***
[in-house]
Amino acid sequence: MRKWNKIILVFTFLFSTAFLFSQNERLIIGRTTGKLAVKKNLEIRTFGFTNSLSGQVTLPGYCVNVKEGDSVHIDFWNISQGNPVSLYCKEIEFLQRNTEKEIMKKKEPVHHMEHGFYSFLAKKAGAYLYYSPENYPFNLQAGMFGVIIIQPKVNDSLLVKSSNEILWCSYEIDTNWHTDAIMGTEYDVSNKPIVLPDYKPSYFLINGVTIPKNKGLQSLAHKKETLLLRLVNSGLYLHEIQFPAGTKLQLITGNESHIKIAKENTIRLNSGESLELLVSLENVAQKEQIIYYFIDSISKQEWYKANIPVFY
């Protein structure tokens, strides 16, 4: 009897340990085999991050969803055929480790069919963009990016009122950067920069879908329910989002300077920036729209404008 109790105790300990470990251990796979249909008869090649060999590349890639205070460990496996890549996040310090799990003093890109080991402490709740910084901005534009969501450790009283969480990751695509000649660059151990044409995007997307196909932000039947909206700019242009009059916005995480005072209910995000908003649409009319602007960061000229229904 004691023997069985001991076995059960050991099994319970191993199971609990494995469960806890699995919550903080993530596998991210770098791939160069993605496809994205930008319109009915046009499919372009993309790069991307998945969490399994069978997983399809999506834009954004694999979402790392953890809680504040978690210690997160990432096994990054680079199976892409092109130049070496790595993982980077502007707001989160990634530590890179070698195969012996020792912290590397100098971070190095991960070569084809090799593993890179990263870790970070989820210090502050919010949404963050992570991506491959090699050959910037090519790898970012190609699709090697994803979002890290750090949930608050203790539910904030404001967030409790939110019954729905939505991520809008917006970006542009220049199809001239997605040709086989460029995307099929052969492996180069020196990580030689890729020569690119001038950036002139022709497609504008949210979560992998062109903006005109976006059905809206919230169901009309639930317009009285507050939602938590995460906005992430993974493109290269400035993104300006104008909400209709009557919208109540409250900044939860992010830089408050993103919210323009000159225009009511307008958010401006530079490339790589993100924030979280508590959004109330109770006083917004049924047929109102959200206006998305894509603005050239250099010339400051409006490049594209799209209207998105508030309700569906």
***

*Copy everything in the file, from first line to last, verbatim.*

[in-house]
Amino acid sequence: MRKWNKIILVFTFLFSTAFLFSQNERLIIGRTTGKLAVKKNLEIRTFGFTNSLSGQVTLPGYCVNVKEGDSVHIDFWNISQGNPVSLYCKEIEFLQRNTEKEIMKKKEPVHHMEHGFYSFLAKKAGAYLYYSPENYPFNLQAGMFGVIIIQPKVNDSLLVKSSNEILWCSYEIDTNWHTDAIMGTEYDVSNKPIVLPDYKPSYFLINGVTIPKNKGLQSLAHKKETLLLRLVNSGLYLHEIQFPAGTKLQLITGNESHIKIAKENTIRLNSGESLELLVSLENVAQKEQIIYYFIDSISKQEWYKANIPVFY
């Protein structure tokens, strides 16, 4: 009897340990085999991050969803055929480790069919963009990016009122950067920069879908329910989002300077920036729209404008 109790105790300990470990251990796979249909008869090649060999590349890639205070460990496996890549996040310090799990003093890109080991402490709740910084901005534009969501450790009283969480990751695509000649660059151990044409995007997307196909932000039947909206700019242009009059916005995480005072209910995000908003649409009319602007960061000229229904 004691023997069985001991076995059960050991099994319970191993199971609990494995469960806890699995919550903080993530596998991210770098791939160069993605496809994205930008319109009915046009499919372009993309790069991307998945969490399994069978997983399809999506834009954004694999979402790392953890809680504040978690210690997160990432096994990054680079199976892409092109130049070496790595993982980077502007707001989160990634530590890179070698195969012996020792912290590397100098971070190095991960070569084809090799593993890179990263870790970070989820210090502050919010949404963050992570991506491959090699050959910037090519790898970012190609699709090697994803979002890290750090949930608050203790539910904030404001967030409790939110019954729905939505991520809008917006970006542009220049199809001239997605040709086989460029995307099929052969492996180069020196990580030689890729020569690119001038950036002139022709497609504008949210979560992998062109903006005109976006059905809206919230169901009309639930317009009285507050939602938590995460906005992430993974493109290269400035993104300006104008909400209709009557919208109540409250900044939860992010830089408050993103919210323009000159225009009511307008958010401006530079490339790589993100924030979280508590959004109330109770006083917004049924047929109102959200206006998305894509603005050239250099010339400051409006490049594209799209209207998105508030309700569906």